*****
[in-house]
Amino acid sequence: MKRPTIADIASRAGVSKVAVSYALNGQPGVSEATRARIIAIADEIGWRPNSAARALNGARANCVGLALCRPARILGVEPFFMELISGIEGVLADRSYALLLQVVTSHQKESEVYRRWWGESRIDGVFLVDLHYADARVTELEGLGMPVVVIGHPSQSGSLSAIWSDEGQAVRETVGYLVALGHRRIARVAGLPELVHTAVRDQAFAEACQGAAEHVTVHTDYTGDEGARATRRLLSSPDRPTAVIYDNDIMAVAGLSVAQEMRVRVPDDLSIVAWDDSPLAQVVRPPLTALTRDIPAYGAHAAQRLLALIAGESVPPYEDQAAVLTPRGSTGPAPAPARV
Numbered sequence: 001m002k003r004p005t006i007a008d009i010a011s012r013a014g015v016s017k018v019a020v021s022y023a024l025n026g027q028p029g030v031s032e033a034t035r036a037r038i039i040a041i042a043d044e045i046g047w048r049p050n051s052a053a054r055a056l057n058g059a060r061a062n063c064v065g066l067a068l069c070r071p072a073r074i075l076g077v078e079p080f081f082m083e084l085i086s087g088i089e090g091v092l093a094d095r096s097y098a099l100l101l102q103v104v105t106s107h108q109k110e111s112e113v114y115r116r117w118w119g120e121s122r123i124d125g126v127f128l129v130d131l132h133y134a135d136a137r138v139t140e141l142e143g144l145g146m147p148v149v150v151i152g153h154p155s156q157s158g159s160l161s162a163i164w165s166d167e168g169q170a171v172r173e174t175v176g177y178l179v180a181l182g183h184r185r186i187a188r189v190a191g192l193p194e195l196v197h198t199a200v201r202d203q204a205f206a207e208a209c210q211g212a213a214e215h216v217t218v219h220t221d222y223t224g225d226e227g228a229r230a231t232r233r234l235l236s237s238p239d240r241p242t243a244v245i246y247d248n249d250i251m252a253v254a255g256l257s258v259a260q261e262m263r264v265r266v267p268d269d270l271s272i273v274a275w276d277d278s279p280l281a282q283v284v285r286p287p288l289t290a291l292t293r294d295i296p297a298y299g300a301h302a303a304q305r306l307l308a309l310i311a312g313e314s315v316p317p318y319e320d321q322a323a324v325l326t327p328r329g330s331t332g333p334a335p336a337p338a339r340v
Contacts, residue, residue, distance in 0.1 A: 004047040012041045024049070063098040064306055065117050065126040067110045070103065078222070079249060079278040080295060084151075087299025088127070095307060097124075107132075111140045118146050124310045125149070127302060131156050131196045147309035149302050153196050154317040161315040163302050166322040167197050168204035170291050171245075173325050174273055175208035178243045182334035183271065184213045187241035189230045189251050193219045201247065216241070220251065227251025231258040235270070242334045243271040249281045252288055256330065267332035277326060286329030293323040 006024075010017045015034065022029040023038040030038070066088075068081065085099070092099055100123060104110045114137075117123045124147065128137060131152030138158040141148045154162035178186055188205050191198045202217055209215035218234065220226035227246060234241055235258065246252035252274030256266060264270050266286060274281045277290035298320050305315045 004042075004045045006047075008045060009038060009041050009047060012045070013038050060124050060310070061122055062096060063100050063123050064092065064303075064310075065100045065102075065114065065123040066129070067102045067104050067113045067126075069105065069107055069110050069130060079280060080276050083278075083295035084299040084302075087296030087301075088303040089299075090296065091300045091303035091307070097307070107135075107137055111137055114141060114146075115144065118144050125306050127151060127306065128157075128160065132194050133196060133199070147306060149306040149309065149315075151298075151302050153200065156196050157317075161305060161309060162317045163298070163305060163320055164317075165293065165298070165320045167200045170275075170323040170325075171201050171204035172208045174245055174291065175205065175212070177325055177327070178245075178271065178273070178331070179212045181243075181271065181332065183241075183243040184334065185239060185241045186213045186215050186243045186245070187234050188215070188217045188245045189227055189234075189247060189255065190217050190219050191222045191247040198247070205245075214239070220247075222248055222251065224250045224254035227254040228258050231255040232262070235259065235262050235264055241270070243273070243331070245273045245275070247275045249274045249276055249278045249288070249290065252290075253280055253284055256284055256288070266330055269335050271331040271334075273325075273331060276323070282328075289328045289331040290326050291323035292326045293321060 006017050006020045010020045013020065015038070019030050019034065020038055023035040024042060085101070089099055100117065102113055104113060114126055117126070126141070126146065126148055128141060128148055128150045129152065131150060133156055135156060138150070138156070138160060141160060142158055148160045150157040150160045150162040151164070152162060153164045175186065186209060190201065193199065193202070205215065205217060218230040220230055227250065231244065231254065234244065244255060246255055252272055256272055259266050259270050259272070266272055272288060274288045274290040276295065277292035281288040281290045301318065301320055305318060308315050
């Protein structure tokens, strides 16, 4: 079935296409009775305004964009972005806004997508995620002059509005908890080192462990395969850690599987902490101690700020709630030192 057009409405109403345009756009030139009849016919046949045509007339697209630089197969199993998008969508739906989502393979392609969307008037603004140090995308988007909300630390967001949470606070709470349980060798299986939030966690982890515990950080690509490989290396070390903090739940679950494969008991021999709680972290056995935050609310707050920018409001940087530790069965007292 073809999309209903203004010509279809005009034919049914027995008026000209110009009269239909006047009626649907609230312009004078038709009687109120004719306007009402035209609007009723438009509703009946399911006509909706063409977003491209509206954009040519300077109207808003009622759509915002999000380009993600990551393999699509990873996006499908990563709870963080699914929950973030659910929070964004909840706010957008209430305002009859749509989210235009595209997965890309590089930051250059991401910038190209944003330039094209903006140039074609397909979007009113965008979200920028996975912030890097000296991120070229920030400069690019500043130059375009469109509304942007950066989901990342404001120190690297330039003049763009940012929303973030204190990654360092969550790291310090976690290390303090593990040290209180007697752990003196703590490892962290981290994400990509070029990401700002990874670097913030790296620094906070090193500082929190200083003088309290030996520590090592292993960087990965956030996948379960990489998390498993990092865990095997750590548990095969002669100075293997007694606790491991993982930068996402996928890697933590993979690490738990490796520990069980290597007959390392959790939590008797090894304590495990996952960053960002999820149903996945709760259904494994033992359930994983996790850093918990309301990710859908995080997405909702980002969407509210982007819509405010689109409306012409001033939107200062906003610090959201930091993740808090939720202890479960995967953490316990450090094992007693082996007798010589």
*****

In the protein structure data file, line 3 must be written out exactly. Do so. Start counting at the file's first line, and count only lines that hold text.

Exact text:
Numbered sequence: 001m002k003r004p005t006i007a008d009i010a011s012r013a014g015v016s017k018v019a020v021s022y023a024l025n026g027q028p029g030v031s032e033a034t035r036a037r038i039i040a041i042a043d044e045i046g047w048r049p050n051s052a053a054r055a056l057n058g059a060r061a062n063c064v065g066l067a068l069c070r071p072a073r074i075l076g077v078e079p080f081f082m083e084l085i086s087g088i089e090g091v092l093a094d095r096s097y098a099l100l101l102q103v104v105t106s107h108q109k110e111s112e113v114y115r116r117w118w119g120e121s122r123i124d125g126v127f128l129v130d131l132h133y134a135d136a137r138v139t140e141l142e143g144l145g146m147p148v149v150v151i152g153h154p155s156q157s158g159s160l161s162a163i164w165s166d167e168g169q170a171v172r173e174t175v176g177y178l179v180a181l182g183h184r185r186i187a188r189v190a191g192l193p194e195l196v197h198t199a200v201r202d203q204a205f206a207e208a209c210q211g212a213a214e215h216v217t218v219h220t221d222y223t224g225d226e227g228a229r230a231t232r233r234l235l236s237s238p239d240r241p242t243a244v245i246y247d248n249d250i251m252a253v254a255g256l257s258v259a260q261e262m263r264v265r266v267p268d269d270l271s272i273v274a275w276d277d278s279p280l281a282q283v284v285r286p287p288l289t290a291l292t293r294d295i296p297a298y299g300a301h302a303a304q305r306l307l308a309l310i311a312g313e314s315v316p317p318y319e320d321q322a323a324v325l326t327p328r329g330s331t332g333p334a335p336a337p338a339r340v